Skip to main content
Hide Articles List

10 articles on this Page

Advertising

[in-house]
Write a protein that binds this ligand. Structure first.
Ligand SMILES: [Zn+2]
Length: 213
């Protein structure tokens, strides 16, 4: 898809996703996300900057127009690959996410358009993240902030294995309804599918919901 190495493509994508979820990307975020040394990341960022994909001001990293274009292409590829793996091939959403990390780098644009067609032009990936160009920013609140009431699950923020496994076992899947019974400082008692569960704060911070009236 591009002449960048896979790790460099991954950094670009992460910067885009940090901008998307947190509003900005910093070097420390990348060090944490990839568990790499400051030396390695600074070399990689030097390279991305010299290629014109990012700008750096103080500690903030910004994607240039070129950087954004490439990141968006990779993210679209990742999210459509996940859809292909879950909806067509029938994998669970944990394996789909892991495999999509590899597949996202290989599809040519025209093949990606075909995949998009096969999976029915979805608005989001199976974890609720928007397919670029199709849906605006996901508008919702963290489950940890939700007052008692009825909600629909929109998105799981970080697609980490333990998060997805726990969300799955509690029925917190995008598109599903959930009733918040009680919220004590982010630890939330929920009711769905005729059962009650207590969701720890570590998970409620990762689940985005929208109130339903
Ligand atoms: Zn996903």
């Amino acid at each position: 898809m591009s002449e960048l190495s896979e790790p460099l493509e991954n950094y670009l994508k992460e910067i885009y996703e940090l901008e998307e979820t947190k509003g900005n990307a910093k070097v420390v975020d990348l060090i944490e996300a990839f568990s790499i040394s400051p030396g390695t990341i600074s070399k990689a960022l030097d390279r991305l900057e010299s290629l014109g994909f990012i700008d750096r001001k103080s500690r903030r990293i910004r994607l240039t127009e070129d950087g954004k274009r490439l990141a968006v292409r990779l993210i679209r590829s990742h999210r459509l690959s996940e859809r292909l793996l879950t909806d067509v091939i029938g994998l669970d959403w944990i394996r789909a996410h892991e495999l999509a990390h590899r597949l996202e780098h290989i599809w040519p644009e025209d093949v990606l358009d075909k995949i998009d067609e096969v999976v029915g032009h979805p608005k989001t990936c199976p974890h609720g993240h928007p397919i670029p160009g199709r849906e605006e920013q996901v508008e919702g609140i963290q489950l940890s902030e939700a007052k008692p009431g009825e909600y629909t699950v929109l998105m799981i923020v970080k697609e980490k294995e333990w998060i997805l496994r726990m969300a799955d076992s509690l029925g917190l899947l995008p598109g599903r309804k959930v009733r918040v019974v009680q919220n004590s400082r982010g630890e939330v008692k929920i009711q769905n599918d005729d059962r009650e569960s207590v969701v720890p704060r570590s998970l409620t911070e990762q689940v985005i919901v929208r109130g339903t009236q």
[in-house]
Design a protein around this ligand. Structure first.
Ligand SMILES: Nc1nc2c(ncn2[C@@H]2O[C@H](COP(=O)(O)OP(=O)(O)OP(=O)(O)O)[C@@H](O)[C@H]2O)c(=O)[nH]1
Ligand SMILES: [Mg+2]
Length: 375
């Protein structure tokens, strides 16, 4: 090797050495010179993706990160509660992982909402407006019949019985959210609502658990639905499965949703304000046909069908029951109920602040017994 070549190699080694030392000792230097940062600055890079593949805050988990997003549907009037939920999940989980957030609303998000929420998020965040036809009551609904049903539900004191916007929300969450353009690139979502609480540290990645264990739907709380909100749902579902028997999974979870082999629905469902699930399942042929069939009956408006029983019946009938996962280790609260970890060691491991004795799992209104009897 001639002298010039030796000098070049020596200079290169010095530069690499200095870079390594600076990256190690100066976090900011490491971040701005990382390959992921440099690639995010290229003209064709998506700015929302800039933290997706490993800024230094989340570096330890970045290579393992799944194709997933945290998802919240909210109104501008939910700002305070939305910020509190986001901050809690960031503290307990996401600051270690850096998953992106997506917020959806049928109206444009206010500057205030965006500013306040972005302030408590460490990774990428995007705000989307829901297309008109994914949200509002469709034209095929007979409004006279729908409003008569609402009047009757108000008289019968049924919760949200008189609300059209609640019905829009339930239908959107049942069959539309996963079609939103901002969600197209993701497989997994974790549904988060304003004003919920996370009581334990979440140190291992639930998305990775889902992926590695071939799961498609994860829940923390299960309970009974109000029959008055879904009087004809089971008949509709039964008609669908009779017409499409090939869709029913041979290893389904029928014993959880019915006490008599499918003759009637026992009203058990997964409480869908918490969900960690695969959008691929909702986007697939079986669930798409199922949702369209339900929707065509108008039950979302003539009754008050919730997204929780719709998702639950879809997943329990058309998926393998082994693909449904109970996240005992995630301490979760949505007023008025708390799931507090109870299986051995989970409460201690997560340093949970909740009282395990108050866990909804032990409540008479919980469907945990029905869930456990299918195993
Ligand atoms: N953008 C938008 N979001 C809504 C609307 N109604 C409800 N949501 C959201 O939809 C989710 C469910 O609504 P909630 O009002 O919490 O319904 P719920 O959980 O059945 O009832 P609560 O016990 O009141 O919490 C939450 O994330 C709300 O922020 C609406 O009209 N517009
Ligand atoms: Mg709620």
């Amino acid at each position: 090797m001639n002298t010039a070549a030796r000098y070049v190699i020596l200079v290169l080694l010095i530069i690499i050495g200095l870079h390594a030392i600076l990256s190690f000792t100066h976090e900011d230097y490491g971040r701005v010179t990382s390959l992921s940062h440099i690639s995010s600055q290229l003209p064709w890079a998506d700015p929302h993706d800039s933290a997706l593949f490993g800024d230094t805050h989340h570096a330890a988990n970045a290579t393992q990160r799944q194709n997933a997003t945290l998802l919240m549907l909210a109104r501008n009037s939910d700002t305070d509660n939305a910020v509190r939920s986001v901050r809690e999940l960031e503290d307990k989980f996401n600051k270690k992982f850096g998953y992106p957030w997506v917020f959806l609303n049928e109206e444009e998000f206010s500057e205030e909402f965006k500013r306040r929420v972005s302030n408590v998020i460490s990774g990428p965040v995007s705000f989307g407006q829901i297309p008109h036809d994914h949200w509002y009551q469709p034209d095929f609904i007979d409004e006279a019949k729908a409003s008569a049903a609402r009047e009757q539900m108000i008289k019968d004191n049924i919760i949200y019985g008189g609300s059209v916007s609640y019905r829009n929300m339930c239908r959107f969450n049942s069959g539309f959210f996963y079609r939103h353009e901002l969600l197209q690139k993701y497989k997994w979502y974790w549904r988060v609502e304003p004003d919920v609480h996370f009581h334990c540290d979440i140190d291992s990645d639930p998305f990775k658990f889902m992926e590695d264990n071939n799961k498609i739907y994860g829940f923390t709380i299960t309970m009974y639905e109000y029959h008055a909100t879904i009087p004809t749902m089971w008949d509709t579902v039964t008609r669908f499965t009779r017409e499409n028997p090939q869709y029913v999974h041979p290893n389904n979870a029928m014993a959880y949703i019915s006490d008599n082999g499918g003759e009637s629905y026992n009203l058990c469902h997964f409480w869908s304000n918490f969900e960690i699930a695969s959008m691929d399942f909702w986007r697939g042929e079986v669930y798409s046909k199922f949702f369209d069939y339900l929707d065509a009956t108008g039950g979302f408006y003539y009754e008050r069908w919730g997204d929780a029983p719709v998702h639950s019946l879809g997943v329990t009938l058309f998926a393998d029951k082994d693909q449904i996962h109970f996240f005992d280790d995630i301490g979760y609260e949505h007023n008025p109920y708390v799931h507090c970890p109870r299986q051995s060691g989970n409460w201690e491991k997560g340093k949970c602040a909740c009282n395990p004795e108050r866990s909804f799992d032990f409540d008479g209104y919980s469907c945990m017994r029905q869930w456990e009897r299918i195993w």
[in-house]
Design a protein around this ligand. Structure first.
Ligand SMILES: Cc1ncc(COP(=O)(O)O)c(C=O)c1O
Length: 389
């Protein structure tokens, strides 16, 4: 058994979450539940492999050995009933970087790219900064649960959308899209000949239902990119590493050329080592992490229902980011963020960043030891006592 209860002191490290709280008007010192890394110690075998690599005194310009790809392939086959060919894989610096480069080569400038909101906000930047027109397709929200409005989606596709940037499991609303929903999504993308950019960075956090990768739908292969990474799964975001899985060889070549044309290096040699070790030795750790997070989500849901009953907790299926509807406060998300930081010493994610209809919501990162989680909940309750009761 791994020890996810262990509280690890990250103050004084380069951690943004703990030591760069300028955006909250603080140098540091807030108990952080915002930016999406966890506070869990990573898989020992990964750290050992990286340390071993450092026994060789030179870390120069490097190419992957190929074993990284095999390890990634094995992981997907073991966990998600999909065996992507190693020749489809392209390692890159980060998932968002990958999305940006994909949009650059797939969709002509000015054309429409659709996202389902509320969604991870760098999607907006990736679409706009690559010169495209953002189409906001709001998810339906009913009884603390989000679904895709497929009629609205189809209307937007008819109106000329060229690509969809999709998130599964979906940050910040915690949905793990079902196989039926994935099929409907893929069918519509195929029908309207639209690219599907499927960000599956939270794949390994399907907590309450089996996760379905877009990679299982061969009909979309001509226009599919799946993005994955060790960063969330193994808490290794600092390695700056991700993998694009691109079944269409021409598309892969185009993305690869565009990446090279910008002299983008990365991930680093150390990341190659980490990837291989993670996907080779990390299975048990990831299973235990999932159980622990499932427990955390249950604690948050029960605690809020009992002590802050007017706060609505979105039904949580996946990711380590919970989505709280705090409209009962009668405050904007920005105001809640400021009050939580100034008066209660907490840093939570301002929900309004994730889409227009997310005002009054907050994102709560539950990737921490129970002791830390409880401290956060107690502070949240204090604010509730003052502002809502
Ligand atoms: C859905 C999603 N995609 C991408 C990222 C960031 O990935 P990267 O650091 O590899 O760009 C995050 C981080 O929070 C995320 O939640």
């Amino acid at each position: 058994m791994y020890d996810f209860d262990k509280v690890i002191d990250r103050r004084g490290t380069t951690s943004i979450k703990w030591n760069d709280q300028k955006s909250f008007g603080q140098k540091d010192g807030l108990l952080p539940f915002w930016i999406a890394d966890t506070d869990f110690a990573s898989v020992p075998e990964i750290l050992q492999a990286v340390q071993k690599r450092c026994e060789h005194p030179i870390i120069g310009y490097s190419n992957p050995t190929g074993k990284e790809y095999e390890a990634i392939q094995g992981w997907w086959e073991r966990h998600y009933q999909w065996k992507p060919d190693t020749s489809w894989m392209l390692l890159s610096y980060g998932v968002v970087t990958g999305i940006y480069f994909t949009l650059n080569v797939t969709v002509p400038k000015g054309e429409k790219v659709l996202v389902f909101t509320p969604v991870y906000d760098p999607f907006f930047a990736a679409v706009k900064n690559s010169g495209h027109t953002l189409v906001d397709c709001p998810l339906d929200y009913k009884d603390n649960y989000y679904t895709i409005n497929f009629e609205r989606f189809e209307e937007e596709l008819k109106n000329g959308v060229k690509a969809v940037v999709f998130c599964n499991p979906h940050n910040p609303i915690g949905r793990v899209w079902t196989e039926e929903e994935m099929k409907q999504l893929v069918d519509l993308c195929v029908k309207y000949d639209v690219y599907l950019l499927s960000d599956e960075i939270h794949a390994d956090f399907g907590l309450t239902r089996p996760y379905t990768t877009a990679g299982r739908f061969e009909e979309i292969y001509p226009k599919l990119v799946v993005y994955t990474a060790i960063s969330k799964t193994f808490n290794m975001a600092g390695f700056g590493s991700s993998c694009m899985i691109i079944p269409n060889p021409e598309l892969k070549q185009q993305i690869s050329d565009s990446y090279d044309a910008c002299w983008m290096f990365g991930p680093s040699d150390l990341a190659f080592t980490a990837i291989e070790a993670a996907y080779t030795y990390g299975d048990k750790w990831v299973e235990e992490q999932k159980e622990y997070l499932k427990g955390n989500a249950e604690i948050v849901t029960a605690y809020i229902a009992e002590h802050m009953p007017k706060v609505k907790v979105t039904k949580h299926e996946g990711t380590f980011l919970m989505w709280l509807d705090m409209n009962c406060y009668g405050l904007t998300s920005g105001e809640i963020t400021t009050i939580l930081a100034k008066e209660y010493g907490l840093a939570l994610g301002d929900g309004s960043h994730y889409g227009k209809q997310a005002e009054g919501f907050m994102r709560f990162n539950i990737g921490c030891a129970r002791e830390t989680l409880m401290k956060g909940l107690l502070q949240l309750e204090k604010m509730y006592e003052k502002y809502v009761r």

----POET'S CORNER*,

HER VENGEANCE

News
Cite
Share